Elgar: Violin Concerto in B minor, Op. 61 (1910) Enescu: Symphony No. 2 in A, Op. 17 (1912-14)
Julia Fischer (violin), London Philharmonic Orchestra / Vladimir Jurowski
Royal Festival Hall, London Wednesday 13 April 2022
Written by Richard Whitehouse. Photo (c) Marquee TV (Julia Fischer)
Could there be a more instructive coupling than the pieces in this concert, with the London Philharmonic Orchestra and its conductor emeritus Vladimir Jurowski, for showing where musical Romanticism had arrived in the early 20th century and where it might have gone?
Relatively few concertos number among their composers’ most personal works, but Elgar’s Violin Concerto is one such and it was a measure of Julia Fischer’s identity that her account conveyed its conceptual richness as fully as its technical brilliance. Not least in the opening Allegro, Fischer drawing out that fatalism as germane to the heartfelt second theme as to its forceful predecessor such as pervades the initial tutti then the combative development. Here, as with the impetuous coda, Jurowski ensured textural clarity in even those densest passages.
Similarly in the Andante – the musing wistfulness of its main melody finding accord with the high-flown eloquence of what follows, with no undue lingering here or in those rapt closing bars. Its themes may be less overtly memorable, but the final Allegro molto follows a keenly purposeful trajectory whose dynamism is thrown into relief by that accompanied cadenza in which Elgar recollects earlier ideas as an intuitive interlude; rendered by Fischer with a poise as itself prepared ideally for the resumption of the finale then a powerfully rhetorical ending.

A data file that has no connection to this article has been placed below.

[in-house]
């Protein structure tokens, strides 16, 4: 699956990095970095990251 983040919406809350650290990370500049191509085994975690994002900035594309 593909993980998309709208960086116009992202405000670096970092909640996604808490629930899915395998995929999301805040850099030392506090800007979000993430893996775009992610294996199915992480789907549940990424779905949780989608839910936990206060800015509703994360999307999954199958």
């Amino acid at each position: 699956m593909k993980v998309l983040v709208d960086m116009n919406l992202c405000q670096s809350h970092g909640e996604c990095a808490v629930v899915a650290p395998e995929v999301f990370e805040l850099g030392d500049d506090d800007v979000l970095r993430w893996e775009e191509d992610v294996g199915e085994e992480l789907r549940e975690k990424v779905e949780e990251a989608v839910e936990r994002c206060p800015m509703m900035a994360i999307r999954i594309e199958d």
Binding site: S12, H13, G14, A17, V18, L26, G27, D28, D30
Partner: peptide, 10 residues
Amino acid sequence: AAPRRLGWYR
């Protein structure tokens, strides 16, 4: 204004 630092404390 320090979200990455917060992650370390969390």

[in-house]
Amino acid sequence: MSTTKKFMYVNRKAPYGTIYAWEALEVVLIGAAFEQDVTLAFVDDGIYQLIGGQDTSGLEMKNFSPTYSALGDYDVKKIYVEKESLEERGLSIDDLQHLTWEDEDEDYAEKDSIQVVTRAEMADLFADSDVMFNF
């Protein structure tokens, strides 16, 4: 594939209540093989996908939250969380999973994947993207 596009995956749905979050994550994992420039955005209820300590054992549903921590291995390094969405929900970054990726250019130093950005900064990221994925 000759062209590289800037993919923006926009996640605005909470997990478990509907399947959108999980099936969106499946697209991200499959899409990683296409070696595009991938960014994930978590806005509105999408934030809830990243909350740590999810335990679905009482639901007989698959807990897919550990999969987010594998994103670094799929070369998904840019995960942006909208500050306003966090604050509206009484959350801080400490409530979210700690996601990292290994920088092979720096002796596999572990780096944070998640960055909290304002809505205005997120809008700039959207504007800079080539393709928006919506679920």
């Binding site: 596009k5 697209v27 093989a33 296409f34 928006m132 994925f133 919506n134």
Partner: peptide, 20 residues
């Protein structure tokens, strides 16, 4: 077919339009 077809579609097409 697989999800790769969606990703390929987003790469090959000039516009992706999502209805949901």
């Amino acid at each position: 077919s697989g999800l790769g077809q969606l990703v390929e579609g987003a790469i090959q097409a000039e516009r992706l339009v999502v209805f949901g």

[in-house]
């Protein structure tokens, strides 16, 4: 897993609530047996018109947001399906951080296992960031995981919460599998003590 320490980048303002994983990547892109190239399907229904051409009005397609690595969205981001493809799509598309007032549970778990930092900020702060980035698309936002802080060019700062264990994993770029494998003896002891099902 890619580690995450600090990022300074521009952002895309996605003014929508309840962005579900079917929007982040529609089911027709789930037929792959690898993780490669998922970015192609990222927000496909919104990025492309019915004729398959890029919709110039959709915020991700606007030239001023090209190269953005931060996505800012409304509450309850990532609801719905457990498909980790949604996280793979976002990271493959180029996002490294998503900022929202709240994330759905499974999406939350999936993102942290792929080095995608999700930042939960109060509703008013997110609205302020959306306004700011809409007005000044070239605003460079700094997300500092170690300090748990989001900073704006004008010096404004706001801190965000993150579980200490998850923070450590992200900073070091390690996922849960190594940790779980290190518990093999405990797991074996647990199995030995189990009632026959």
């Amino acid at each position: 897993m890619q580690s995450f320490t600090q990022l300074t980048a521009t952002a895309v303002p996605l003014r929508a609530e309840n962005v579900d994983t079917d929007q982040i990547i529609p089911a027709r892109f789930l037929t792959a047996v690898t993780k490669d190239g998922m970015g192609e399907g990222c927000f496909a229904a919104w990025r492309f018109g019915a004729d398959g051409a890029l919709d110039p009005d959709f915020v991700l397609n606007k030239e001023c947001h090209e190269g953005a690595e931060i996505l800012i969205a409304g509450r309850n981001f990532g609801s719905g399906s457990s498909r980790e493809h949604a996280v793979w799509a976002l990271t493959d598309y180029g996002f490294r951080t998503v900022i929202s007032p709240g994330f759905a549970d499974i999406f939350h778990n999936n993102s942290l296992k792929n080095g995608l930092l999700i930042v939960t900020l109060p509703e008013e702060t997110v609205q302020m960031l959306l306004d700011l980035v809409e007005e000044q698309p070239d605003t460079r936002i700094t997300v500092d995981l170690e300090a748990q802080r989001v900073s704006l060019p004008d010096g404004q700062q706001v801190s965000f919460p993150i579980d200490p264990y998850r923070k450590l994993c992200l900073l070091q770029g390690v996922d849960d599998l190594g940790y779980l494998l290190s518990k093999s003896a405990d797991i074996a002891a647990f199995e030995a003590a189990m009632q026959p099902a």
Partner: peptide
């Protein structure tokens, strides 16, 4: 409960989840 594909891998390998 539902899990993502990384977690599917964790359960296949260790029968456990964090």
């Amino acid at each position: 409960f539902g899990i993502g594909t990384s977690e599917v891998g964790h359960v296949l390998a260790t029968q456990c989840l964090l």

Enescu, who conducted the Paris premiere in 1932 with Yehudi Menuhin prior to the latter’s recording with the composer, might well have reflected on the success of this work compared to that of his Second Symphony – coolly received at the 1915 premiere, its score missing until 1924, and no revival until 1961. This might well have been the first hearing in London, but its formal and syntactical intricacy held no fear for Jurowski who, having previously championed Enescu’s Third Symphony and opera Oedipe, presided over a consistently assured rendition.
Not the least of its successes was in maintaining the impetus of the initial Vivace, whose ‘ma non troppo’ marking can easily lead to loss of focus among those polyphonic layers that were delineated with unfailing precision. Music this harmonically complex is (surprisingly?) direct as to melodic contours – not least its central Andante whose main theme, soulfully phrased by Benjamin Mellefont, has the evocative quality of those found in Russian symphonies several decades before. Here its inherent tenderness and its lingering regret could hardly be gainsaid.
The biggest challenge comes in the finale – not least the gauging of an extended introduction whose processional needs to generate momentum sufficient to propel the main Allegro on its eventful if never discursive course. Here, too, the extent of Enescu’s instrumental prowess is made plain by the dextrous contribution from keyboards and percussion to already extensive forces; variety of textures underpinning stages in musical evolution through to a coda whose heady if methodical accumulation of themes and motifs makes for a resplendent apotheosis.
Such was the impression left by this performance, a tribute to Jurowski’s conviction and the LPO’s executive skill. Maybe Enescu’s Fourth and Fifth Symphonies will yet be heard in the realizations by Pascal Bentoiu, his own symphonies themselves deserving of such advocacy.
To read Arcana’s interview with Julia Fischer, who talks about the Elgar and Mozart violin concertos, click here